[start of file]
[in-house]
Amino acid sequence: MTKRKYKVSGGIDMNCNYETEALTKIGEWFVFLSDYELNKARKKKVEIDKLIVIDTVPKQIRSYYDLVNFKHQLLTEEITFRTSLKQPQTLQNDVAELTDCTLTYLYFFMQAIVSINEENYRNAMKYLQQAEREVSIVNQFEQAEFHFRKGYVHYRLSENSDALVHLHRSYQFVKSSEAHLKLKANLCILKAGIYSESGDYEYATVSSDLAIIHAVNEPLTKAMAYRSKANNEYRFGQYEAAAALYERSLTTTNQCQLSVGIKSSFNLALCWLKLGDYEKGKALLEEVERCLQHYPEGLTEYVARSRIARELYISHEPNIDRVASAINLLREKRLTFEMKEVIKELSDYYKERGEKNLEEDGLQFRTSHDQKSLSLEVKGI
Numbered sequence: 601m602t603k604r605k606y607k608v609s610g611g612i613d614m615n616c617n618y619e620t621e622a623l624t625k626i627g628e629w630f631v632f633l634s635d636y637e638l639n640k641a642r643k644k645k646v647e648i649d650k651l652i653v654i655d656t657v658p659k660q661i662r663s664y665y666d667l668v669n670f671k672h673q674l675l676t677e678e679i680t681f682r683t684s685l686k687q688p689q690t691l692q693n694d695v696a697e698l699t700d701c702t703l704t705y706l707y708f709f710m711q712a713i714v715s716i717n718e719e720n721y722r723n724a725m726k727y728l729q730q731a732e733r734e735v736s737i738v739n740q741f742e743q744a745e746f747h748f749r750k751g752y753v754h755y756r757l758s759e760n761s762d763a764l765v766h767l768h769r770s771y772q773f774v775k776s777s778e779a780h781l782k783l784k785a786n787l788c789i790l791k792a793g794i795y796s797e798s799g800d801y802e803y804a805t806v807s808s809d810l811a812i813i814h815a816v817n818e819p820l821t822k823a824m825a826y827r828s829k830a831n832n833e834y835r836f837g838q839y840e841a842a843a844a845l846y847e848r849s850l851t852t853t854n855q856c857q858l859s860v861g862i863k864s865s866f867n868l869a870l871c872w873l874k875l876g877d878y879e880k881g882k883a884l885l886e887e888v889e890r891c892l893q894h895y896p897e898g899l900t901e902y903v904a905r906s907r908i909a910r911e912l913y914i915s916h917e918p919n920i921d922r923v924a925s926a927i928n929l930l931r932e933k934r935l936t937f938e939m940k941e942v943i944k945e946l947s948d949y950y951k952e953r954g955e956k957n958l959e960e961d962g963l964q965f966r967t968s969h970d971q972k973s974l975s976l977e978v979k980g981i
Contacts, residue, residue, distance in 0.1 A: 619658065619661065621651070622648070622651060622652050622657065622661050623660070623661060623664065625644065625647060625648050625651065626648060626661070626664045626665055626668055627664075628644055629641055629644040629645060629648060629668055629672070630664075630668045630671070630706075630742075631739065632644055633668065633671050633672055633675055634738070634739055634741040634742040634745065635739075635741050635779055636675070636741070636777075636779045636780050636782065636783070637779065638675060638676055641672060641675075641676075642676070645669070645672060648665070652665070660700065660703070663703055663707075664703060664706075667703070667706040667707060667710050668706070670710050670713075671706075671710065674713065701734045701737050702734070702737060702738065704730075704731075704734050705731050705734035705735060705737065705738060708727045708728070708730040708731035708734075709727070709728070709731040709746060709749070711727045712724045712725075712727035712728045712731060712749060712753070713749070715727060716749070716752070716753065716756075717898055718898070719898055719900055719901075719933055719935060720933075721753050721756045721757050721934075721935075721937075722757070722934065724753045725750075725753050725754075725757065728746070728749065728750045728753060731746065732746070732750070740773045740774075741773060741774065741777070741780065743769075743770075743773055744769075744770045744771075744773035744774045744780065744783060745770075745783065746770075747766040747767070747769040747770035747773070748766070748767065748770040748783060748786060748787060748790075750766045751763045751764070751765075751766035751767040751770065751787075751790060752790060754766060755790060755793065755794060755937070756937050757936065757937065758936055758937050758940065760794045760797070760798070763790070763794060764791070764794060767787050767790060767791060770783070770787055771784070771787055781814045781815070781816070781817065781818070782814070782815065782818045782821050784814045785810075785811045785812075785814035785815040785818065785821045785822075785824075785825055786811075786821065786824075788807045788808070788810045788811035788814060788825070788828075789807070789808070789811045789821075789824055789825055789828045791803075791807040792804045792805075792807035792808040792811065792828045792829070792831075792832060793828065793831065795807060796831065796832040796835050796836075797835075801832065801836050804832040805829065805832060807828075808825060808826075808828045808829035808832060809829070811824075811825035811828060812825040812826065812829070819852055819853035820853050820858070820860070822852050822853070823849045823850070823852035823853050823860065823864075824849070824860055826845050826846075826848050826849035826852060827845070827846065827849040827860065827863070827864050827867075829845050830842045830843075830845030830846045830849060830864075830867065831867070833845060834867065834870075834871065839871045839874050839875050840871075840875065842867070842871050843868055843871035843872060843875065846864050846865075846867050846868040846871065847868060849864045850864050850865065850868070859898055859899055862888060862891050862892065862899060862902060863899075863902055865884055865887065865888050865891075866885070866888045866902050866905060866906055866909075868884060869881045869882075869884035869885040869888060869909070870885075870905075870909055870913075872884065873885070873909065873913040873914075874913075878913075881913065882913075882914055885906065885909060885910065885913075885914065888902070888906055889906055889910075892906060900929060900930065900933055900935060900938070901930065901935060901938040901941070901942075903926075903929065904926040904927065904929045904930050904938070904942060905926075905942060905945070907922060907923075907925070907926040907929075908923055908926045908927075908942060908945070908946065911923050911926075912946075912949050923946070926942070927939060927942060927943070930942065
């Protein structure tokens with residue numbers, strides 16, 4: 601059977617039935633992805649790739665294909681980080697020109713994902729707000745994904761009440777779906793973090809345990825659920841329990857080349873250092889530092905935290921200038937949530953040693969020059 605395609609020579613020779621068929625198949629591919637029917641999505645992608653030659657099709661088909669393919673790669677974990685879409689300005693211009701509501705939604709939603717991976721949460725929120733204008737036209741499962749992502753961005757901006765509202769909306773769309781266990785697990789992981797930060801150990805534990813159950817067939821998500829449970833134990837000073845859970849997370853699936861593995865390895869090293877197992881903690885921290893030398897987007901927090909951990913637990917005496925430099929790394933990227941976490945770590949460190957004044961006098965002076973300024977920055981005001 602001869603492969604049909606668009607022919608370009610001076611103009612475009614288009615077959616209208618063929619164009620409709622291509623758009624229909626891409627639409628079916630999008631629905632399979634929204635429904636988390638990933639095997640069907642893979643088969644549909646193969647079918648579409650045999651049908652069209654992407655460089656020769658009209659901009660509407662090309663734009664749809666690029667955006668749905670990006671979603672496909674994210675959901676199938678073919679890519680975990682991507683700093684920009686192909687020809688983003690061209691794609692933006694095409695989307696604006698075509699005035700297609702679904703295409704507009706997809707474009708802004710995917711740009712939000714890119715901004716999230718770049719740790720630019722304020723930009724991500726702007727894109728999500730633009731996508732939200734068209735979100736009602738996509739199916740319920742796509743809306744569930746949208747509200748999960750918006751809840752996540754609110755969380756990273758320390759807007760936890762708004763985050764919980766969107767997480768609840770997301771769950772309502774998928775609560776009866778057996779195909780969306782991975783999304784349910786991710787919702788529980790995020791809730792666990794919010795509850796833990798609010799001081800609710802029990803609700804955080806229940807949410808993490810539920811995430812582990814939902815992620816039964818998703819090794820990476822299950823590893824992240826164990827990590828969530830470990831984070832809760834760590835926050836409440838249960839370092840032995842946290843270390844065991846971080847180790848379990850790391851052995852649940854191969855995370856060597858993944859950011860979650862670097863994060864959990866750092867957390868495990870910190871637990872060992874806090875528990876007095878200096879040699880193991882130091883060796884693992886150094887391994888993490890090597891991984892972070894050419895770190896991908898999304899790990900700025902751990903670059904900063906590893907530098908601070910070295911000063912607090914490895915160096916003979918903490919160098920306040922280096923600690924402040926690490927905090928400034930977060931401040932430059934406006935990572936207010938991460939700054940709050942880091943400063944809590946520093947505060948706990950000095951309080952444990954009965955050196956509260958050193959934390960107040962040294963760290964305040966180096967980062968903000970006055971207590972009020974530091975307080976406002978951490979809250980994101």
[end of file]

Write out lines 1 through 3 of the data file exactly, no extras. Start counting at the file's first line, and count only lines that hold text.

[in-house]
Amino acid sequence: MTKRKYKVSGGIDMNCNYETEALTKIGEWFVFLSDYELNKARKKKVEIDKLIVIDTVPKQIRSYYDLVNFKHQLLTEEITFRTSLKQPQTLQNDVAELTDCTLTYLYFFMQAIVSINEENYRNAMKYLQQAEREVSIVNQFEQAEFHFRKGYVHYRLSENSDALVHLHRSYQFVKSSEAHLKLKANLCILKAGIYSESGDYEYATVSSDLAIIHAVNEPLTKAMAYRSKANNEYRFGQYEAAAALYERSLTTTNQCQLSVGIKSSFNLALCWLKLGDYEKGKALLEEVERCLQHYPEGLTEYVARSRIARELYISHEPNIDRVASAINLLREKRLTFEMKEVIKELSDYYKERGEKNLEEDGLQFRTSHDQKSLSLEVKGI
Numbered sequence: 601m602t603k604r605k606y607k608v609s610g611g612i613d614m615n616c617n618y619e620t621e622a623l624t625k626i627g628e629w630f631v632f633l634s635d636y637e638l639n640k641a642r643k644k645k646v647e648i649d650k651l652i653v654i655d656t657v658p659k660q661i662r663s664y665y666d667l668v669n670f671k672h673q674l675l676t677e678e679i680t681f682r683t684s685l686k687q688p689q690t691l692q693n694d695v696a697e698l699t700d701c702t703l704t705y706l707y708f709f710m711q712a713i714v715s716i717n718e719e720n721y722r723n724a725m726k727y728l729q730q731a732e733r734e735v736s737i738v739n740q741f742e743q744a745e746f747h748f749r750k751g752y753v754h755y756r757l758s759e760n761s762d763a764l765v766h767l768h769r770s771y772q773f774v775k776s777s778e779a780h781l782k783l784k785a786n787l788c789i790l791k792a793g794i795y796s797e798s799g800d801y802e803y804a805t806v807s808s809d810l811a812i813i814h815a816v817n818e819p820l821t822k823a824m825a826y827r828s829k830a831n832n833e834y835r836f837g838q839y840e841a842a843a844a845l846y847e848r849s850l851t852t853t854n855q856c857q858l859s860v861g862i863k864s865s866f867n868l869a870l871c872w873l874k875l876g877d878y879e880k881g882k883a884l885l886e887e888v889e890r891c892l893q894h895y896p897e898g899l900t901e902y903v904a905r906s907r908i909a910r911e912l913y914i915s916h917e918p919n920i921d922r923v924a925s926a927i928n929l930l931r932e933k934r935l936t937f938e939m940k941e942v943i944k945e946l947s948d949y950y951k952e953r954g955e956k957n958l959e960e961d962g963l964q965f966r967t968s969h970d971q972k973s974l975s976l977e978v979k980g981i